In this lecture, we’re going
to discuss conjugated
hyperbilirubinemia and liver
diseases in children.
This happens every now and then, a child
is born who’s a little bit yellow
and it turns out they’re
rather than unconjugated
And it’s important in these conditions
to know what exactly is going on.
So the definition of
is more than 1 mg per deciliter, if
the total bilirubin is less than 5.
Or more than 20% of your total bilirubin
if the total bilirubin is more than 5.
So we have to remember that 5 cut off in
terms of how we define hyperbilirubinemia.
The differential diagnosis for a child
with conjugated hyperbilirubinemia
is generally either an
where the bile can’t get out
or an intrahepatic problem.
Elevated conjugated bilirubin
is never normal in a neonate
and that’s an incredibly
Unconjugated or indirect hyperbili is
very common and we see it all the time.
But when it’s conjugated, there
is definitely a problem.
So when you see a patient with
it’s important to
take a good history.
Family history is critical because
there are inherited syndromes
where children are more
prone to liver disease.
Asking about consanguinity is
always important as well because
obviously with consanguineous families,
recessive disorders are
more likely to show up.
Understanding if there were any pregnancy
complications can be helpful as well
as some of these conditions are
syndromic and there may be a problem.
Or even more likely, the mother may have
obtained an infection during pregnancy.
Some of the TORCH infections can
cause hepatitis in children.
Asking about the delivery and whether
there were any complications
and certainly whether there were any infectious
exposure to the child are important.
It’s critical to do a good
physical exam on these children.
Specifically, knowing their growth parameters
and plotting them on a growth curve,
both height, weight and head circumference
is critical to understanding
how this child is developing and if
their hepatic disease is affecting them
or if this is part of a
Understanding vital signs and making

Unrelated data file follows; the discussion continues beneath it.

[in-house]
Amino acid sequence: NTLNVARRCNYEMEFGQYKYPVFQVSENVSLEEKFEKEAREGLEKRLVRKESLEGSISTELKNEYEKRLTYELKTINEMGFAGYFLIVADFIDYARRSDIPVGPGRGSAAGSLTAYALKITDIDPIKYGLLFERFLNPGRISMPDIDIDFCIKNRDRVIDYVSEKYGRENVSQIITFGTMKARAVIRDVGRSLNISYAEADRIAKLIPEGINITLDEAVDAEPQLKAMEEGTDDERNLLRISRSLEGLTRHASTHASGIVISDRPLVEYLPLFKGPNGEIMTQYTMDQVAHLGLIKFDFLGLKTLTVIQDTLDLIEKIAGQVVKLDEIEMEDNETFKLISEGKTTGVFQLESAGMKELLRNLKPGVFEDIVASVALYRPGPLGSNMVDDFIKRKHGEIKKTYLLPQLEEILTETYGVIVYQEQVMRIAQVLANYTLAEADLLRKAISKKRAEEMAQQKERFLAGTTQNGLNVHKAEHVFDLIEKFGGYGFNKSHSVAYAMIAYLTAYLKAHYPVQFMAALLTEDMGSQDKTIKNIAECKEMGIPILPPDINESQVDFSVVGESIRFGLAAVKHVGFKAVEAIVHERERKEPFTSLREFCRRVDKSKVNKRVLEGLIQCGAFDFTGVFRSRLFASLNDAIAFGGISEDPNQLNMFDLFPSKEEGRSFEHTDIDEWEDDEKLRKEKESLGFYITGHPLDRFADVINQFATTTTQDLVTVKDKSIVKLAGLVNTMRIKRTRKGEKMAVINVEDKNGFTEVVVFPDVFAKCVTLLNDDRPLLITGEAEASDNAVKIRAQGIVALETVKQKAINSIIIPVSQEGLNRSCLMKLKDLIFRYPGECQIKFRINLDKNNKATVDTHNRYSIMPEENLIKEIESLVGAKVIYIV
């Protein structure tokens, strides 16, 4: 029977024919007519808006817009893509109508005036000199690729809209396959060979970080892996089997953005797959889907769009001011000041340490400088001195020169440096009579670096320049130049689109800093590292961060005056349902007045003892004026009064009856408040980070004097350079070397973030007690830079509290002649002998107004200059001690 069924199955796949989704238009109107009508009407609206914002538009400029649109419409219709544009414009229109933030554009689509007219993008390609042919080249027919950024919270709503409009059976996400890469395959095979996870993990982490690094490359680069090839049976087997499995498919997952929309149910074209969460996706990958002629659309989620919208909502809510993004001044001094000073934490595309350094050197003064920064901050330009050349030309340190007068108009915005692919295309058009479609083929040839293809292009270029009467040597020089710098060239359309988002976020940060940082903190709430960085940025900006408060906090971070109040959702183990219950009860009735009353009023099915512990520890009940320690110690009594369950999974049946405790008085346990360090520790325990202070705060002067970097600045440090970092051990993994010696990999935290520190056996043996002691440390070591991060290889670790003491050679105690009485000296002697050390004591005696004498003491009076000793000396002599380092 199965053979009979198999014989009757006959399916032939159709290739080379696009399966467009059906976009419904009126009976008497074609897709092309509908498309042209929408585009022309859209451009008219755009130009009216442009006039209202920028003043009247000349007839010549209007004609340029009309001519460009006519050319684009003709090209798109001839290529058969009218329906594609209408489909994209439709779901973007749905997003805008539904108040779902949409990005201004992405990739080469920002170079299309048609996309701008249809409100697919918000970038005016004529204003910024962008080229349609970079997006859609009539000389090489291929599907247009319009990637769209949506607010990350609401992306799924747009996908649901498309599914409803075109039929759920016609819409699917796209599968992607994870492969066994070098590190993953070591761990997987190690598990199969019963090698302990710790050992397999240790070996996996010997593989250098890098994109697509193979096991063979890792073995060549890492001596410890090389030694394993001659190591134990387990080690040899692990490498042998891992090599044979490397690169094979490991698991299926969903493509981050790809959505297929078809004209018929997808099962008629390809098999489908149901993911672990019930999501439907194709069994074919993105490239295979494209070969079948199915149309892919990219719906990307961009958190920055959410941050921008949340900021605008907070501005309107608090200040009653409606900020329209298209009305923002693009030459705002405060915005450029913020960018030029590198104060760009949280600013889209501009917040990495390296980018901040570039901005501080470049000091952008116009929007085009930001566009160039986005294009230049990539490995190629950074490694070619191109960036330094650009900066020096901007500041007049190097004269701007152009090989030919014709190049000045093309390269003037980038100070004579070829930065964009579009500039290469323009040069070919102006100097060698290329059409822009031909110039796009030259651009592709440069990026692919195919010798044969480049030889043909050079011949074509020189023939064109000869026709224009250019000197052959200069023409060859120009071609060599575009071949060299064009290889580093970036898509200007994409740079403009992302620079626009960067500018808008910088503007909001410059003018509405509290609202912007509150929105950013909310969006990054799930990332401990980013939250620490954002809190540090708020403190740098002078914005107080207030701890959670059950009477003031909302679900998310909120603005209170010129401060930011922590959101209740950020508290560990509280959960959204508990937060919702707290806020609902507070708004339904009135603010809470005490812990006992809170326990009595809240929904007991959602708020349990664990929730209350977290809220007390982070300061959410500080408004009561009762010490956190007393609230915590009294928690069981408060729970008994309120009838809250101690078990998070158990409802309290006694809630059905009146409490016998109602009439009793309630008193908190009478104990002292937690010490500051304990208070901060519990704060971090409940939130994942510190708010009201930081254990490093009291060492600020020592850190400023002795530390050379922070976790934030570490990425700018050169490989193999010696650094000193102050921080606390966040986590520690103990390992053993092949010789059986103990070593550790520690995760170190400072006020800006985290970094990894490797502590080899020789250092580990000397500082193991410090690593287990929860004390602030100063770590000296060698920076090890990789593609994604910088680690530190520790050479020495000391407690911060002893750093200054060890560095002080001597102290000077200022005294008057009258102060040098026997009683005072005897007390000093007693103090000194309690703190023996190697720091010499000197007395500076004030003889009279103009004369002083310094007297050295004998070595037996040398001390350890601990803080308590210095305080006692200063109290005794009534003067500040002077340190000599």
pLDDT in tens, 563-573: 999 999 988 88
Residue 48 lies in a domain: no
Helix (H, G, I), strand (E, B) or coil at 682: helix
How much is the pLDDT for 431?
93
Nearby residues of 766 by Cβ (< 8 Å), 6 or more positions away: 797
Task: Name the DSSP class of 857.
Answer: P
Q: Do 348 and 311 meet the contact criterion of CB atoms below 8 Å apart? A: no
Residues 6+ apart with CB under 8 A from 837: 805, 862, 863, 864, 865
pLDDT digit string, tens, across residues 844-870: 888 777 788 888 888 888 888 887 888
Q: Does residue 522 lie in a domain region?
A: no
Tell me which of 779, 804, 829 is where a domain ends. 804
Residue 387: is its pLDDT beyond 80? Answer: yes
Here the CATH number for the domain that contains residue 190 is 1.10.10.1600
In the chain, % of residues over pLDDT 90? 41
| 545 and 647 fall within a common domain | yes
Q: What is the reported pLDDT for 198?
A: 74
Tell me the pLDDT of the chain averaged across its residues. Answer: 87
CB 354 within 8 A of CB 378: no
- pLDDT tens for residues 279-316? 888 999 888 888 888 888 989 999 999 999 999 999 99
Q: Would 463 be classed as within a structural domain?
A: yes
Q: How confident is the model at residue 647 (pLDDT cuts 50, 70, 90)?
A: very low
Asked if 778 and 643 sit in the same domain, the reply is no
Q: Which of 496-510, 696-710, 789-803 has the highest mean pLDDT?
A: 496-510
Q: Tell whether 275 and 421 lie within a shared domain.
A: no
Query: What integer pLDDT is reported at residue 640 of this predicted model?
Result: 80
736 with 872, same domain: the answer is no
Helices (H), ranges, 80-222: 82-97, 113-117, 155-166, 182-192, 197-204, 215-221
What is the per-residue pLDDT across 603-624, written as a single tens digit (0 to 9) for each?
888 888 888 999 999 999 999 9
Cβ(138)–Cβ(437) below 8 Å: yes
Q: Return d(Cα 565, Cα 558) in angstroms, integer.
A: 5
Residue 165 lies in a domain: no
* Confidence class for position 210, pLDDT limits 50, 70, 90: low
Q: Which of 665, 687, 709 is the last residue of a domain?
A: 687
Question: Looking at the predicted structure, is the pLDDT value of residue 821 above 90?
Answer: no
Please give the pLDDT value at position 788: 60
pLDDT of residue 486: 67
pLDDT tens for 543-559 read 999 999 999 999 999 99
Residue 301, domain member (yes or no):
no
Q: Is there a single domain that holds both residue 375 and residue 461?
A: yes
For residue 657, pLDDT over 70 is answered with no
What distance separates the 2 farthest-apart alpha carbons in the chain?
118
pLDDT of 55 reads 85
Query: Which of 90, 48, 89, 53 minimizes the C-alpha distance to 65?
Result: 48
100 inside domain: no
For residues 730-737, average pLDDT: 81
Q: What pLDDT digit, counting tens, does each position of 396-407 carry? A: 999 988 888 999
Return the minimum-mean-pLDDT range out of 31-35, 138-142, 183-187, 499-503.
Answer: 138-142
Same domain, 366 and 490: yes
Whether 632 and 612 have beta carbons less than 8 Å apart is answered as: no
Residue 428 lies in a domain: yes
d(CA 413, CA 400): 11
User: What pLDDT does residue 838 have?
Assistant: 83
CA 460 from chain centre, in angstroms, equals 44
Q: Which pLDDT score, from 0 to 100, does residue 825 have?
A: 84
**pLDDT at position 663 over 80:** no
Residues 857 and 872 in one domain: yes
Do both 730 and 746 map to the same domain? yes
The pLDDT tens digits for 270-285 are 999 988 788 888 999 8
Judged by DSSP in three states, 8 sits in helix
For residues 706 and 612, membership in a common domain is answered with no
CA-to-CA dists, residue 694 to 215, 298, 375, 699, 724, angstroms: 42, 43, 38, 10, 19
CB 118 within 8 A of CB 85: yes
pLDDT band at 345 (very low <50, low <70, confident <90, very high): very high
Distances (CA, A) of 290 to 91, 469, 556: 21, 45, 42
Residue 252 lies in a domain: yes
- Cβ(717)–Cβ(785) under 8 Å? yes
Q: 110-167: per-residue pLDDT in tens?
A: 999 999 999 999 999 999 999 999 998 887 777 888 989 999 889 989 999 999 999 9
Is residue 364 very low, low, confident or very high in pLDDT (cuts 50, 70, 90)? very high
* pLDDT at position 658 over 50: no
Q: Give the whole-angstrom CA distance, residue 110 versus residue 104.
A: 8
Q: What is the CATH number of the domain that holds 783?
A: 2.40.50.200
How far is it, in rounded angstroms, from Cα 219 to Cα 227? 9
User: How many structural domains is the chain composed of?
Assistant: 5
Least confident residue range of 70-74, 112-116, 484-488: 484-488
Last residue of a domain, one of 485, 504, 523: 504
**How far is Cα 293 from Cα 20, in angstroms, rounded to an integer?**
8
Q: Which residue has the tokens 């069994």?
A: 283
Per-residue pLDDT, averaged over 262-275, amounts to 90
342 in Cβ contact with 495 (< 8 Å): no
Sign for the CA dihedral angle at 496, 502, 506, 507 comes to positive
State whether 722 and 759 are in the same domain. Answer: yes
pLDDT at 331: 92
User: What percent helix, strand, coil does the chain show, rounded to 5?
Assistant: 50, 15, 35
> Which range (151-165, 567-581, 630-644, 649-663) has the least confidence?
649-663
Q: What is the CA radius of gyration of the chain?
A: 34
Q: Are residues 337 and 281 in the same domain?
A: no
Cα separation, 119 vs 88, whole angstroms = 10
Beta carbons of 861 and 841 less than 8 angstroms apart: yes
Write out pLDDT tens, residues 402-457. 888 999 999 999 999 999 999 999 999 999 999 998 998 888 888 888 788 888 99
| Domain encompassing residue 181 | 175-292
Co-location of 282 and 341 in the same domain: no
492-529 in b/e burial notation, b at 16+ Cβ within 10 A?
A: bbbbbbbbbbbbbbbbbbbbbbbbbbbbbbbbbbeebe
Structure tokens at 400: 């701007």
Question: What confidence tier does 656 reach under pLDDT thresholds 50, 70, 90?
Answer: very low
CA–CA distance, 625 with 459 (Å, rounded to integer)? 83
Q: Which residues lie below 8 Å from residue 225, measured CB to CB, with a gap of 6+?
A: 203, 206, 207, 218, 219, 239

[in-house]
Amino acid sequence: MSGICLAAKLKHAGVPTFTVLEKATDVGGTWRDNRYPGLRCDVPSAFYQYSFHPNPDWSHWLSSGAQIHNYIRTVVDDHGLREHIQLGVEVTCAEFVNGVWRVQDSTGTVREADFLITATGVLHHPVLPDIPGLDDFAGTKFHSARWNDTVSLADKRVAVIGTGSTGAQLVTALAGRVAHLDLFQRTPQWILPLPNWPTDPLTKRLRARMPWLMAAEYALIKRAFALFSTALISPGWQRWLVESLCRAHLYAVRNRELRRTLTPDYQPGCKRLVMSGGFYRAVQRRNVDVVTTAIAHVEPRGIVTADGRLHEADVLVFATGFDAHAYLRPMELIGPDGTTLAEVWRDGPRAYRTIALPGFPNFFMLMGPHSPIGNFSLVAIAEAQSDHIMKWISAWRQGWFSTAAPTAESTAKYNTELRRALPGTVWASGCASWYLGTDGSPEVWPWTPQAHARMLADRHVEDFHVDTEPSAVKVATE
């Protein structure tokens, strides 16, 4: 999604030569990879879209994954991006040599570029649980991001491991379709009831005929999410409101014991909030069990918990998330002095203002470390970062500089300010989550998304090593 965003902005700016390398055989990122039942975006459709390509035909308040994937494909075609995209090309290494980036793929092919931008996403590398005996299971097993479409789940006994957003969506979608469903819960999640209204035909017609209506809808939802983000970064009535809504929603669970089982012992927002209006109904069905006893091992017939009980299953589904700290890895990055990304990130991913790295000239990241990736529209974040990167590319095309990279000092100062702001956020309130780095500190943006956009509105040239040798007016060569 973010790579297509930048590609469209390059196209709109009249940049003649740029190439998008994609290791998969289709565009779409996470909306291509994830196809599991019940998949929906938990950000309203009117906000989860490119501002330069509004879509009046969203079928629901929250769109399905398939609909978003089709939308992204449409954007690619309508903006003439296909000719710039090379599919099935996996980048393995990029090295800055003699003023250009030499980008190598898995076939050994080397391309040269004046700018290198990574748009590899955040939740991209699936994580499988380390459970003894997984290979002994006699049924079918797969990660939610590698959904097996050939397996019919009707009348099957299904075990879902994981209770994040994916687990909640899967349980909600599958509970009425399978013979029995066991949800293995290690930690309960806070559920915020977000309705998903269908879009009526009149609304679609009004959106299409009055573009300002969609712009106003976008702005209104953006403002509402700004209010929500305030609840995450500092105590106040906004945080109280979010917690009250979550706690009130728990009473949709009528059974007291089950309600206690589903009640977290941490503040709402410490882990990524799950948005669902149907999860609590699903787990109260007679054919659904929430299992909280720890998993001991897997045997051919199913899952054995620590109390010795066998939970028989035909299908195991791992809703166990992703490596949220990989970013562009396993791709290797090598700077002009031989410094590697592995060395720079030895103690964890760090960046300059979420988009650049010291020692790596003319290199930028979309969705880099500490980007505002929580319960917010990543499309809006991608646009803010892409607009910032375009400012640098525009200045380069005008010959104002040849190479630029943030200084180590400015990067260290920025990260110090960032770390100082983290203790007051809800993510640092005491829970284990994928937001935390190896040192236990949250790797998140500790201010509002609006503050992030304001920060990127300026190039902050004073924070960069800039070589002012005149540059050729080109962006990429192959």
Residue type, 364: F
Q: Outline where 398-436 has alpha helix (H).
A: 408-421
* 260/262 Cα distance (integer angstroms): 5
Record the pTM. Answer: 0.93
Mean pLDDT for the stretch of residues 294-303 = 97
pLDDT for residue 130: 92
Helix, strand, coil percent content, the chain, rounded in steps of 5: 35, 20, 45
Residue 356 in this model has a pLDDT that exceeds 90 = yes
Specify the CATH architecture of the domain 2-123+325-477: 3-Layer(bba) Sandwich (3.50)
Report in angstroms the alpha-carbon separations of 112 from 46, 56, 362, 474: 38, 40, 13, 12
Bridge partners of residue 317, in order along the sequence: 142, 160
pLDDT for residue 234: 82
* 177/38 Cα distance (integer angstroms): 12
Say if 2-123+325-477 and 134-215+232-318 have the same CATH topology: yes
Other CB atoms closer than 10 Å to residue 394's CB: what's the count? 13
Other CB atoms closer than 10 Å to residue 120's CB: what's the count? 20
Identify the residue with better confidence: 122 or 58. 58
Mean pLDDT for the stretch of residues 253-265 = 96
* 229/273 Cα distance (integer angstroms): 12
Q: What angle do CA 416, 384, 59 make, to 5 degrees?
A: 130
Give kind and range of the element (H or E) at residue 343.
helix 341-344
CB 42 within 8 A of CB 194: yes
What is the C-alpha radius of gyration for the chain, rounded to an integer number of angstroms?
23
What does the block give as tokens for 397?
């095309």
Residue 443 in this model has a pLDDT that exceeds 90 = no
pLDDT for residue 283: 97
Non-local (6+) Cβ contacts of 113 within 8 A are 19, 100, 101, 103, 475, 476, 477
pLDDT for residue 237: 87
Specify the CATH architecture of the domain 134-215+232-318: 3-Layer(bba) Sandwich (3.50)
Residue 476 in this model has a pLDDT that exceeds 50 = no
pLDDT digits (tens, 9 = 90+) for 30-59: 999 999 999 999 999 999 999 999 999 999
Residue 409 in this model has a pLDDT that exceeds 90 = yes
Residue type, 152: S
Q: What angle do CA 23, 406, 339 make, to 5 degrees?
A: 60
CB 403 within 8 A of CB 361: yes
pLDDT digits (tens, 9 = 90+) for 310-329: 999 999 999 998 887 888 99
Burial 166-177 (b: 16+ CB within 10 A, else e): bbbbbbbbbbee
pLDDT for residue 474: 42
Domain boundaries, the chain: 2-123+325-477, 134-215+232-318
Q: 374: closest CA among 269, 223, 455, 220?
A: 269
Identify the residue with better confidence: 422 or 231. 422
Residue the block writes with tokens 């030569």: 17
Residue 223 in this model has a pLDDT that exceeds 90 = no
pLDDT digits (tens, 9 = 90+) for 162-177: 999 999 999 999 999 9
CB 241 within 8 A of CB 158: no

sure they’re normal are critical.
And of course, a skin evaluation will
give you a sense of just how bad
the hyperbilirubinemia might be prior
to actually getting the lab value.
Conjunctival icterus is common in these
patients and it may be how you find it.
The best place to look for
jaundice may be under the tongue,
around the frenulum area.
Patients, if they have a cardiac condition
and there are some conditions like
Alagilles which we’ll talk about in a bit,
that are associated
with cardiac findings.
So understanding a cardiac murmur and
listening for one is important as well.
The abdominal exam is
of course critical.
Especially feeling for that liver
edge or doing the scratch test,
which may be an even better way to
assess for hepatomegaly in children.
Of course, labs are the mainstay and
so obtaining a bilirubin is important.
Remember especially in babies, you
can’t just get a total bilirubin,
you need to break it down into
direct and indirect bilirubin.
That’s because while most
children are indirect,
these children with conjugated
hyperbilirubinemia cant’ be missed
and should not be lit with lights as
they will develop copper baby syndrome.
Of course, checking the liver
function test is important
and don’t forget the GGT, which is
useful for assessing the biliary tree
because many if these children have
abnormalities of the biliary tree.
Synthetic function tests
like PT, PTT and INR
are important for understanding
whether the liver is working.
It’s not enough to just know it’s inflamed,
we also want to know whether
it’s functioning correctly